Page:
Chancellor Meighen’s final convocation address strikes a note of hope

“The simple things are also the most important things,” Michael A. Meighen tells the Bicentennial graduating class.
Rain or shine, Michael A. Meighen has proudly served as McGill’s Chancellor for seven years.Owen Egan / Joni Dufour

In Michael A. Meighen’s last convocation address as Chancellor of McGill University, he looked forward to the end of the pandemic, when McGillians can once again safely “switch off your webcam, get out of your home office and be with the people you really care about.”

“For me – and I suspect for most of you as well – social media and video calls are just not enough,” he said during the virtual ceremony. “We miss the simple things, like a chat over coffee, getting together for birthdays, working with classmates at the library and shaking hands with a new acquaintance. And also, perhaps hugging a good friend. And as the months go by, we realize that these simple things are also the most important things because we were meant to be in each other’s company.”

In spite of all the challenges this year, McGill conferred degrees on 7,976 graduates this spring. Meighen commended their hard work, commitment, sacrifice and success.

“Every graduate keeps with them a memory of their graduation. Yours will certainly be different, but it will also be unique. In the history of McGill, there can only be one Bicentennial graduating class and you are it!”

Seven years of service and leadership

The Chancellor is the titular head of McGill University, and serves as an ex officio member of the Board of Governors. The Chancellor’s duties include presiding over Convocation and representing the University at official functions.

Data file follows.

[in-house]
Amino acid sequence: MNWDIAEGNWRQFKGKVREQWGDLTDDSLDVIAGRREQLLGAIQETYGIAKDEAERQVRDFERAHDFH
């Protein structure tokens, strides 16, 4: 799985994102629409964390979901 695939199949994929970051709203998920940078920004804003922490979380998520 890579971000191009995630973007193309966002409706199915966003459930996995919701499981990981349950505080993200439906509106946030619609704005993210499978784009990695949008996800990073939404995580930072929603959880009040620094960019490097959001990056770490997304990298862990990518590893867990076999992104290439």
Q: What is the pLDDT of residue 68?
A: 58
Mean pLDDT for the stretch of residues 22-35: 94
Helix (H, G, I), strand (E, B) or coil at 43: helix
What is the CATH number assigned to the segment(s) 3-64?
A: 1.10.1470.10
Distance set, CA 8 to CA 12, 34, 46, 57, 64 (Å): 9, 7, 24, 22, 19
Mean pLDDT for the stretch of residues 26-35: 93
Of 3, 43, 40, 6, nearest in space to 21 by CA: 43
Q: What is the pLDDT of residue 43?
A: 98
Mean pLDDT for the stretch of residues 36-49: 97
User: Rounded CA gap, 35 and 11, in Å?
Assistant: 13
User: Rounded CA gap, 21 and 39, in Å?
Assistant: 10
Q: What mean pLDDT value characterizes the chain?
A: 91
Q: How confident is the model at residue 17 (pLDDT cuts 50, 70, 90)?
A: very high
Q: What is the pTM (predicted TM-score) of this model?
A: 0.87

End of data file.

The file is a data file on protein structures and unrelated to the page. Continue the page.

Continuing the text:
Michael A. Meighen began his first term as Chancellor in 2014, and was reappointed in 2017. A prominent lawyer with a distinguished legal career, he notably served as legal co-counsel to the Commission of Inquiry on War Criminals in Canada. He was appointed to the Senate of Canada in 1990, where he served until his retirement in 2012.

Meighen is a graduate of McGill (BA’60) and a lifelong supporter of his alma mater. Throughout the years, Meighen and his wife, Kelly, have been generous supporters of organizations supporting education, health, the arts, poverty, youth at risk, drug addiction and nature conservation—and the couple have been particularly dedicated to advancing guidance and support for students at McGill. During the 2000s, Michael Meighen served as the co-chair of Campaign McGill, working diligently to encourage alumni and friends to support the University. In 2012, the University presented him with an honorary degree.

During today’s Convocation ceremony, Principal Fortier thanked Meighen for his seven years of service and leadership. She quoted Meighen’s encouragement to students: “In the words of… Michael Meighen: ‘Your life should be a journey towards a destination – a destination where success is measured by what you have contributed positively to society. Continue to get out there into the world and to be engaged!’

“Chancellor Meighen has lived these words throughout his life. After seven years of dedicated service to our University, this will be his last convocation as Chancellor. On behalf of the entire McGill community, thank you, Chancellor Meighen, for your outstanding leadership.”

Smiles and selfies

Meighen warmly thanked colleagues and friends.

“Most of all, I’ve had the honour of congratulating our graduates as they crossed the stage, sometimes with a broad smile, a casual greeting or even a request for a selfie. These are memories I will cherish always.”

“As my tenure as Chancellor comes to a close… I wish you well on your journey and I encourage you to stay connected and close to McGill, as I intend to, because McGill will always be your home.”

Meighen also welcomed his successor, John McCall MacBain, who will be installed as Chancellor on July 1, offering his “very best wishes and the hope that your years as McGill’s 20th Chancellor will be as rich and rewarding as my years have been.”

 

 

 

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